In fact, the word “woke” appears nowhere within its pages. Rather, it is a combination memoir and extension of Atlantic columnist Kendi’s towering Stamped From the Beginning (2016) that leads readers through a taxonomy of racist thought to anti-racist action. Never wavering from the thesis introduced in his previous book, that “racism is a powerful collection of racist policies that lead to racial inequity and are substantiated by racist ideas,” the author posits a seemingly simple binary: “Antiracism is a powerful collection of antiracist policies that lead to racial equity and are substantiated by antiracist ideas.” The author, founding director of American University’s Antiracist Research and Policy Center, chronicles how he grew from a childhood steeped in black liberation Christianity to his doctoral studies, identifying and dispelling the layers of racist thought under which he had operated. “Internalized racism,” he writes, “is the real Black on Black Crime.” Kendi methodically examines racism through numerous lenses: power, biology, ethnicity, body, culture, and so forth, all the way to the intersectional constructs of gender racism and queer racism (the only section of the book that feels rushed). Each chapter examines one facet of racism, the authorial camera alternately zooming in on an episode from Kendi’s life that exemplifies it—e.g., as a teen, he wore light-colored contact lenses, wanting “to be Black but…not…to look Black”—and then panning to the history that informs it (the antebellum hierarchy that valued light skin over dark). The author then reframes those received ideas with inexorable logic: “Either racist policy or Black inferiority explains why White people are wealthier, healthier, and more powerful than Black people today.” If Kendi is justifiably hard on America, he’s just as hard on himself. When he began college, “anti-Black racist ideas covered my freshman eyes like my orange contacts.” This unsparing honesty helps readers, both white and people of color, navigate this difficult intellectual territory.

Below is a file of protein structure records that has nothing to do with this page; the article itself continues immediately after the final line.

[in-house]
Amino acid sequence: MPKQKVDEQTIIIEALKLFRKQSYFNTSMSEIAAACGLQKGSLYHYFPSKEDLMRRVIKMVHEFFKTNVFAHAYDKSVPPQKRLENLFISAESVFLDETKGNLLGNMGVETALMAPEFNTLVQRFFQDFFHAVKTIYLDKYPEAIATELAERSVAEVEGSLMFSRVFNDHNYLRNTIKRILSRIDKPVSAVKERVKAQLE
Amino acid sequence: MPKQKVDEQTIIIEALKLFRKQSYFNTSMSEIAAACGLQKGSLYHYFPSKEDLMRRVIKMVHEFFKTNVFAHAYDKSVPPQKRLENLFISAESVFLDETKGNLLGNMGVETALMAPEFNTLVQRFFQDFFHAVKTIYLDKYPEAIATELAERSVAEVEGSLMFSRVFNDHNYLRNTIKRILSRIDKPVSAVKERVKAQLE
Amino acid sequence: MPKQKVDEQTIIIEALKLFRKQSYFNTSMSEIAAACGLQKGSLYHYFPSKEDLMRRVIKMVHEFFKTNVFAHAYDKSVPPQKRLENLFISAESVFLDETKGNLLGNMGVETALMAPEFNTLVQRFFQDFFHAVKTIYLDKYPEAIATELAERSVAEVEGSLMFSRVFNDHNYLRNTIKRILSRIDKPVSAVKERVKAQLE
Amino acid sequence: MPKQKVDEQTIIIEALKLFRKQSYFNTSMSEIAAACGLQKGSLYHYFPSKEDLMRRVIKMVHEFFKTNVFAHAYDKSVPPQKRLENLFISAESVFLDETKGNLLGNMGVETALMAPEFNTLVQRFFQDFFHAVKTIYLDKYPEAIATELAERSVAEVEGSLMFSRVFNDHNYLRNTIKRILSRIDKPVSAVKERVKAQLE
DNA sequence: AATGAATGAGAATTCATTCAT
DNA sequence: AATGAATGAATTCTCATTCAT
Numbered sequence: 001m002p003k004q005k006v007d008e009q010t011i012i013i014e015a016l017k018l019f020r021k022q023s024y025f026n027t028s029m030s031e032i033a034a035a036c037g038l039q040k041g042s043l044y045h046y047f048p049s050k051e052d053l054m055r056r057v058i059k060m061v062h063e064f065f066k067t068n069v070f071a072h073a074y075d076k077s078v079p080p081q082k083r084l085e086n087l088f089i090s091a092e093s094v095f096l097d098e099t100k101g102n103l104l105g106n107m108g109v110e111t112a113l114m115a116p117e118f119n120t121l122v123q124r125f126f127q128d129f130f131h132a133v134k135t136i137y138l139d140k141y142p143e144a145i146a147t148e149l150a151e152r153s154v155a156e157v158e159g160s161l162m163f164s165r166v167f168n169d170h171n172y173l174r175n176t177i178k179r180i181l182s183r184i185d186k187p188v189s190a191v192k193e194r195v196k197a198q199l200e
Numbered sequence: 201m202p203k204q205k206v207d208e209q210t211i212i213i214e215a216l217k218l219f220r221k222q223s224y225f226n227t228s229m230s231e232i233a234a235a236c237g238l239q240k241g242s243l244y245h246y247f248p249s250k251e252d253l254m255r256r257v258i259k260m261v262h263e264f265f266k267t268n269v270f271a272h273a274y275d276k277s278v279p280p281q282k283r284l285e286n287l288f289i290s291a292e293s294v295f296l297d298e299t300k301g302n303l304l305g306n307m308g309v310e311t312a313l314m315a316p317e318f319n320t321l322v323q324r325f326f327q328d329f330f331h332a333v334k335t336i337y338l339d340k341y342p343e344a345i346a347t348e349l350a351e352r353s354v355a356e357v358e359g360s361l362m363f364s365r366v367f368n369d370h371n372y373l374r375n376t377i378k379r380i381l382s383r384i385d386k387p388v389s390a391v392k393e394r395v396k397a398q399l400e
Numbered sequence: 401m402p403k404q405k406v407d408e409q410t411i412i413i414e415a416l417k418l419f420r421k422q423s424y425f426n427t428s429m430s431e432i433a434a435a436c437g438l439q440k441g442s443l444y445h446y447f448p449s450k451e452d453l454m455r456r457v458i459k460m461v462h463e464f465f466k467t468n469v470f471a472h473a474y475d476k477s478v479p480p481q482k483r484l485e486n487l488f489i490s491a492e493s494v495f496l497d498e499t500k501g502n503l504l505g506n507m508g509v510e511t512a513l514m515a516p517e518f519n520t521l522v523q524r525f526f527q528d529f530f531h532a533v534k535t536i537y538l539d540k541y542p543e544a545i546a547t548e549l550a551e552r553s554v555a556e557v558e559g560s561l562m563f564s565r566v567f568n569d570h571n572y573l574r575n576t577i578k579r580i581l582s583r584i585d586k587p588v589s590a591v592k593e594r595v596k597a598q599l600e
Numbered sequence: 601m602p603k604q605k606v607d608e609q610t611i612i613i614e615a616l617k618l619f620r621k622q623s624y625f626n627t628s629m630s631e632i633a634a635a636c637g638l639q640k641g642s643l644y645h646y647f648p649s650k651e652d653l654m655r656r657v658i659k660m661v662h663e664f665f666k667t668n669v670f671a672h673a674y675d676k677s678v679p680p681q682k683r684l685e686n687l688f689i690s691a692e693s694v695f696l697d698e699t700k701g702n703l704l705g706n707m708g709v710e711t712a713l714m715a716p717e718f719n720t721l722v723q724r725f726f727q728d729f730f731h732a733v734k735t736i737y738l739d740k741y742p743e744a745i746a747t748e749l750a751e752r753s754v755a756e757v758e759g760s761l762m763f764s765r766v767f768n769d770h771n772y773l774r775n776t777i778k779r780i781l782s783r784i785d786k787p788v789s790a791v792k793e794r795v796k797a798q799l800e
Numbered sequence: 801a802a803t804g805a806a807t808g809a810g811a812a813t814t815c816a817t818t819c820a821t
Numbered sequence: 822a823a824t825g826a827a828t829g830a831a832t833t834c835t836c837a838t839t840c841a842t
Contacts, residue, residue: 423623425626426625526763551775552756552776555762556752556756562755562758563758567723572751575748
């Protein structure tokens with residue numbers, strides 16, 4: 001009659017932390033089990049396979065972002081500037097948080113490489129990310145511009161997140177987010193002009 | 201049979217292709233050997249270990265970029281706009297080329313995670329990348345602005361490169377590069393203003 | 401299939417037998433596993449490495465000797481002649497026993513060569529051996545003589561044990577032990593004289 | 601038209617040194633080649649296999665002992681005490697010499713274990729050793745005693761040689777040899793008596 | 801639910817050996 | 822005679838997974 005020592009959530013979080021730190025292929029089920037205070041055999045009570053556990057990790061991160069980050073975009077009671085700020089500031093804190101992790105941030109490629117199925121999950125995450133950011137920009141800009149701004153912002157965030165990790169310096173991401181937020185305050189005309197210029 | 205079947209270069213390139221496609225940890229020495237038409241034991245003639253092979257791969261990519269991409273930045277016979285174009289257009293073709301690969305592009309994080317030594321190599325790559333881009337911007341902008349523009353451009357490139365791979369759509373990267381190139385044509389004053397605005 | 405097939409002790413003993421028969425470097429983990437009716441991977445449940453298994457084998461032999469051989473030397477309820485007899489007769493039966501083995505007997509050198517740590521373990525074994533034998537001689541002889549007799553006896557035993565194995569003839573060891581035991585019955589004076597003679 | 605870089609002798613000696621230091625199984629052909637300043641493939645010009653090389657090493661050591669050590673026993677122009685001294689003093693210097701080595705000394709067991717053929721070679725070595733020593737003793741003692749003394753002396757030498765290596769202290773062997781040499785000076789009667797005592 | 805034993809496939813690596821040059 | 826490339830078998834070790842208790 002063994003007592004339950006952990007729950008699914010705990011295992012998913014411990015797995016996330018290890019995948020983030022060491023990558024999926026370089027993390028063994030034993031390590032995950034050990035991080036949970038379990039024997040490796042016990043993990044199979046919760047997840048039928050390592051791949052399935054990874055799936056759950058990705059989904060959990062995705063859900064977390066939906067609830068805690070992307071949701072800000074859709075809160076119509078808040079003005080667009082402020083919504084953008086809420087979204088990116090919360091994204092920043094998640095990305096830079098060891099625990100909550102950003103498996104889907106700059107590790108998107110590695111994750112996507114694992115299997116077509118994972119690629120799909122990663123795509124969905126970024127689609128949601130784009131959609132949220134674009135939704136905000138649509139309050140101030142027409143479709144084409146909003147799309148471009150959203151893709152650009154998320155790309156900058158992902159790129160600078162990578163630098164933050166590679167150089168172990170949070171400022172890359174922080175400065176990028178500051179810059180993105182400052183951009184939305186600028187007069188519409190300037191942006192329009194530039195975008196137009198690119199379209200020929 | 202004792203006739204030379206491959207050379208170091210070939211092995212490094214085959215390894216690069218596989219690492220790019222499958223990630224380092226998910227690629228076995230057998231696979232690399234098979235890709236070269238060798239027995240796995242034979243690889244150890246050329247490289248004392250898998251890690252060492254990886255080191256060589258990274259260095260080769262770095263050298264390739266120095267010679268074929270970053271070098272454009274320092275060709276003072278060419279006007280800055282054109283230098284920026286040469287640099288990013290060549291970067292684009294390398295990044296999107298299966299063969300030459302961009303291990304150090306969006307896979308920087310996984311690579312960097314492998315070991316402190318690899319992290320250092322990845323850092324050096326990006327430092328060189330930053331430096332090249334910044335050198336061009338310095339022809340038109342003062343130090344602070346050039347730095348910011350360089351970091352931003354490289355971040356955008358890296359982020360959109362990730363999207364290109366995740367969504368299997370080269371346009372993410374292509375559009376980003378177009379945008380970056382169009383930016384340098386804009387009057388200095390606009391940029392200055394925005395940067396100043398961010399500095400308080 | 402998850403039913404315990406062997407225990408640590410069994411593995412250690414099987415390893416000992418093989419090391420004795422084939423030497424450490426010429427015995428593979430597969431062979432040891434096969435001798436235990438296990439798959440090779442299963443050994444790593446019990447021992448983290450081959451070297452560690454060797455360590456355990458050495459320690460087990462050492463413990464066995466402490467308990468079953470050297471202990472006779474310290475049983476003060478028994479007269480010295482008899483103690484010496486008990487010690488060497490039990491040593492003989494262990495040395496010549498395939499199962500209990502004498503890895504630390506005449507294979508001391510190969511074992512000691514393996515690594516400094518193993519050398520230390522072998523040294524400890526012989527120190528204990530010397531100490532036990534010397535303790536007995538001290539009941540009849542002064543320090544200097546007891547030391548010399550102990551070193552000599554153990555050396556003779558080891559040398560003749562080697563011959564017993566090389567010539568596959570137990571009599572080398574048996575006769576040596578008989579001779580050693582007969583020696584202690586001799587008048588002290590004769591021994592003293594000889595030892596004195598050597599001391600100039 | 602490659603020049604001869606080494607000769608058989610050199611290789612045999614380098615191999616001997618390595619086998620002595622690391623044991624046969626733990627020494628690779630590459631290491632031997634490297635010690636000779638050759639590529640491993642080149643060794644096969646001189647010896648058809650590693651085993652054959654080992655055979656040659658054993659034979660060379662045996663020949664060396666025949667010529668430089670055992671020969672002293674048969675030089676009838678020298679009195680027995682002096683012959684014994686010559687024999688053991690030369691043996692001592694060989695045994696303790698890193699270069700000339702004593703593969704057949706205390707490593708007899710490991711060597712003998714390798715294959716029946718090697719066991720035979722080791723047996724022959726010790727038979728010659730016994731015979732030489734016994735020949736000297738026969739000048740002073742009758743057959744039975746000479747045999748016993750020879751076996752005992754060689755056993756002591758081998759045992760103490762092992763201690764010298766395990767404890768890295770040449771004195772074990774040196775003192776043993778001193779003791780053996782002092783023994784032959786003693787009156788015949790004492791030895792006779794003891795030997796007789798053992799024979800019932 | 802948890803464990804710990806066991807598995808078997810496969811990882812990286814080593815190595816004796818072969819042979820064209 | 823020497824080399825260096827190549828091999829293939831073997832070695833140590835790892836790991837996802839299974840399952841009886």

Not an easy read but an essential one.

Pub Date: Aug. 13, 2019

ISBN: 978-0-525-50928-8

Page Count: 320

Publisher: One World/Random House

Review Posted Online: April 28, 2019

Kirkus Reviews Issue: May 15, 2019

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The author's youthfulness helps to assure the inevitable comparison with the Anne Frank diary although over and above the...


Elie Wiesel spent his early years in a small Transylvanian town as one of four children. 

He was the only one of the family to survive what Francois Maurois, in his introduction, calls the "human holocaust" of the persecution of the Jews, which began with the restrictions, the singularization of the yellow star, the enclosure within the ghetto, and went on to the mass deportations to the ovens of Auschwitz and Buchenwald. There are unforgettable and horrifying scenes here in this spare and sombre memoir of this experience of the hanging of a child, of his first farewell with his father who leaves him an inheritance of a knife and a spoon, and of his last goodbye at Buchenwald his father's corpse is already cold let alone the long months of survival under unconscionable conditions. 

The author's youthfulness helps to assure the inevitable comparison with the Anne Frank diary although over and above the sphere of suffering shared, and in this case extended to the death march itself, there is no spiritual or emotional legacy here to offset any reader reluctance.

Pub Date: Jan. 16, 2006

ISBN: 0374500010

Page Count: 120

Publisher: Hill & Wang

Review Posted Online: Oct. 7, 2011

Kirkus Reviews Issue: Jan. 15, 2006